Observatory for the Protection of Human Rights Defenders Annual Report 2007 - Maldives
|Publisher||International Federation for Human Rights|
|Author||Observatory for the Protection of Human Rights Defenders|
|Publication Date||19 June 2008|
|Cite as||International Federation for Human Rights, Observatory for the Protection of Human Rights Defenders Annual Report 2007 - Maldives, 19 June 2008, available at: http://www.refworld.org/docid/486466869.html [accessed 6 May 2016]|
|Disclaimer||This is not a UNHCR publication. UNHCR is not responsible for, nor does it necessarily endorse, its content. Any views expressed are solely those of the author or publisher and do not necessarily reflect those of UNHCR, the United Nations or its Member States.|
Politics in the Maldives continues to be largely dominated by President Maumoon Abdul Gayoom, who has been in power since 1978. In 2006, he committed himself to a programme of political and judicial reforms in order to create a modern democracy, through the first multiparty elections supposed to be held in October 2008. However, in 2007, the President slowed down the reform process. Facing a growing challenge from the opposition, the Head of State preferred to work with the conservatives, which has led to the resignation of several ministers.
Furthermore, freedoms of expression, association and assembly have continued to be subjected to numerous restrictions. In particular, the authorities have repeatedly repressed rallies organised by the opposition, which generally called for an acceleration of reforms, and police occasionally beat demonstrators. The authorities accused the demonstrators of hampering the reform process by their rallies which, according to the Government, unnecessarily threatened the public order.
Moreover, civil society in the Maldives lacks a legal framework within which it would otherwise be able to evolve. This explains in part the absence of a strong and active civil society, especially in the area of human rights. While a number of structures have been labelled "NGOs", they are in reality principally sports or cultural clubs or committees established by the Government.
Lack of legal recognition for most human rights organisations1
In the Maldives, human rights organisations have encountered many difficulties in obtaining legal recognition; such was the case with the Maldivian Civil Society Network (MCSN), which since 2006 has networked several independent NGOs and works in an informal manner. Accordingly, the MCSN faces many obstacles, especially with regard to funding. Since its inception, the MCSN has been restricted in the number of activities it carries out due to limited funding. Similarly, registration was also refused to Maldives Aid, a local NGO registered with the British charity Friends of Maldives (FOM), which had provided support for the country's recovery after the tsunami in December 2006. Finally, the application for registration of the Human Rights Association of Maldives has remained unanswered since it was filed in 2005.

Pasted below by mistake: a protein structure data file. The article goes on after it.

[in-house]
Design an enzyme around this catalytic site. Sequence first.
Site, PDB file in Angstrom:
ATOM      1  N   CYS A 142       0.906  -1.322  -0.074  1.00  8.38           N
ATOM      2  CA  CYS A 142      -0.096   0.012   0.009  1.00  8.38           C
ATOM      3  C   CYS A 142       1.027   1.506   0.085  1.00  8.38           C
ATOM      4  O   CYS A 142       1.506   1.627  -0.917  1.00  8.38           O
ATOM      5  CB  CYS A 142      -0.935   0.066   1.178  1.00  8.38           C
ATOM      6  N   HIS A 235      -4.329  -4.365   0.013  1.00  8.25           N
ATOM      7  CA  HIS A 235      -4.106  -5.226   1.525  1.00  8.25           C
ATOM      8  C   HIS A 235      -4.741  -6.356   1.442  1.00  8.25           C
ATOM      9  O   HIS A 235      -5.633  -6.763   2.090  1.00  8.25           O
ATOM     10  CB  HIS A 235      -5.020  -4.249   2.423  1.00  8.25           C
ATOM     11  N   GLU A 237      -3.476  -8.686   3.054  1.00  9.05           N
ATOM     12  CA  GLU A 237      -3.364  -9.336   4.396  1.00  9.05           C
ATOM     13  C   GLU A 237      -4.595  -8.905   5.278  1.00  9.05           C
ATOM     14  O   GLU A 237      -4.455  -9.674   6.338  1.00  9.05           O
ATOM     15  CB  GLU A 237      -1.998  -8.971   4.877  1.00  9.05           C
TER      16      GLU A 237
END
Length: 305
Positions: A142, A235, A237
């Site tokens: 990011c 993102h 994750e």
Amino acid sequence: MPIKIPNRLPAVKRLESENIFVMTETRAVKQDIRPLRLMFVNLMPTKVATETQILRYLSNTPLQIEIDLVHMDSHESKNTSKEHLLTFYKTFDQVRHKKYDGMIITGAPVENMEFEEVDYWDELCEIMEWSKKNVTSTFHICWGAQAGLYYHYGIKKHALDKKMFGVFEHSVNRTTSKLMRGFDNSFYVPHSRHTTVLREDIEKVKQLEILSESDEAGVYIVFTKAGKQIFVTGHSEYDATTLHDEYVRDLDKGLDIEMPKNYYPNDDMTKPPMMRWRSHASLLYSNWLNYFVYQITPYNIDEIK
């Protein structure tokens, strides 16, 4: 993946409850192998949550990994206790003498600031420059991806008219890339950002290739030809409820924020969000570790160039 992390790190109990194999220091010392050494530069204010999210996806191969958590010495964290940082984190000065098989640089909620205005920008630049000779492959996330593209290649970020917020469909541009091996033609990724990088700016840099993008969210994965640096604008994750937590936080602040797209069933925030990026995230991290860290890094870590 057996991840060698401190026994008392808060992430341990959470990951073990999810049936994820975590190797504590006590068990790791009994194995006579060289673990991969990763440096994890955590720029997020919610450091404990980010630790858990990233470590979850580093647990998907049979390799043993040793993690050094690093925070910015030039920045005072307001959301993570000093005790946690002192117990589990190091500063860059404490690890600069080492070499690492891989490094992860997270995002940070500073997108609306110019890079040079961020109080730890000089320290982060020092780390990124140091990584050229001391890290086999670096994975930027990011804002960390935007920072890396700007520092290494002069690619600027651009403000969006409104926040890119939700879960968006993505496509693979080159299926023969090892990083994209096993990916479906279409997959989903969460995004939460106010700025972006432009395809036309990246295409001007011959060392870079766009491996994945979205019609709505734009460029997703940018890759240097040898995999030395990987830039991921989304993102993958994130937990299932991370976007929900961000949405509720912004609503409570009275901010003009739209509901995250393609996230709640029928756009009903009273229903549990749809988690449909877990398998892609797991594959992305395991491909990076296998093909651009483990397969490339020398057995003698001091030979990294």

Obstacles to freedom of the press: journalists on the front line of repression
While civil society continues to face a number of difficulties in terms of organisation, it is more often journalists who take over when it comes to the denunciation of human rights violations. They find themselves at the forefront of repression exercised by the authorities in order to prevent them from publishing articles critical of the Government.
On January 21, 2007, the Government of Maldives adopted a Law on defamation, which imposes a fine of 5,000 Rufiyaas (approximately 247 Euros) on any newspaper found to be guilty of defamation. Presented by the Government as a means to better protect the honour and reputation of fellow citizens, the law provides an extremely broad definition of defamation, including for example the publication of facts that could damage the "honour" or "reputation" of a person, thus allowing further restrictions on freedom of expression and silencing of any criticism.2 Additionally, in August 2007, a law was passed which contained numerous restrictions on the freedom of the press. In particular, the law provides that words that could threaten the "sovereignty of the nation" or that could infringe on the maintenance of "public order" do not fall within the scope of freedom of expression.
In this context, journalists were regularly subjected to harassment. For example, on January 19, 2007, the American reporter Phillip Wellman, a correspondent for Minivannews.com, was expelled and banned from the country for a period of two years on the pretext that he did not have "valid permission".3 In April 2007, Messrs. Zeena Zahir, of the pro-Government newspaper Miadhu, Adam Miqdad, Editor-in-chief of the website e-Sandhaanu, and Mohamed Nasheed, a photographer for Minivan, were arrested at the funeral of Mr. Hussein Salah, a former prisoner found dead, with his face and body swollen.4 In addition, journalists working for the opposition newspaper Minivan have continued to be subject to multiple forms of retaliation in 2007, generally by prosecution, as with the example of Mr. Imran Zahir and Ms. Aminath Najeeb, Editor. The latter was summoned to courts on several occasions in 2007. She was accused of "civil disobedience" after having published an article in September 2006 in which a journalist had denounced the abuses of the judicial system.5
The Observatory for the Protection of Human Rights Defenders is a joint programme of the World Organisation Against Torture (OMCT) and the International Federation of Human Rights (FIDH).
1 See Maldivian Detainee Network.
2 See the Asian Centre for Human Rights.
3 See Press Release of the Asian Centre for Human Rights, January 24, 2007.
4 See Reporters Without Borders (RSF).
5 See Maldivian Detainee Network.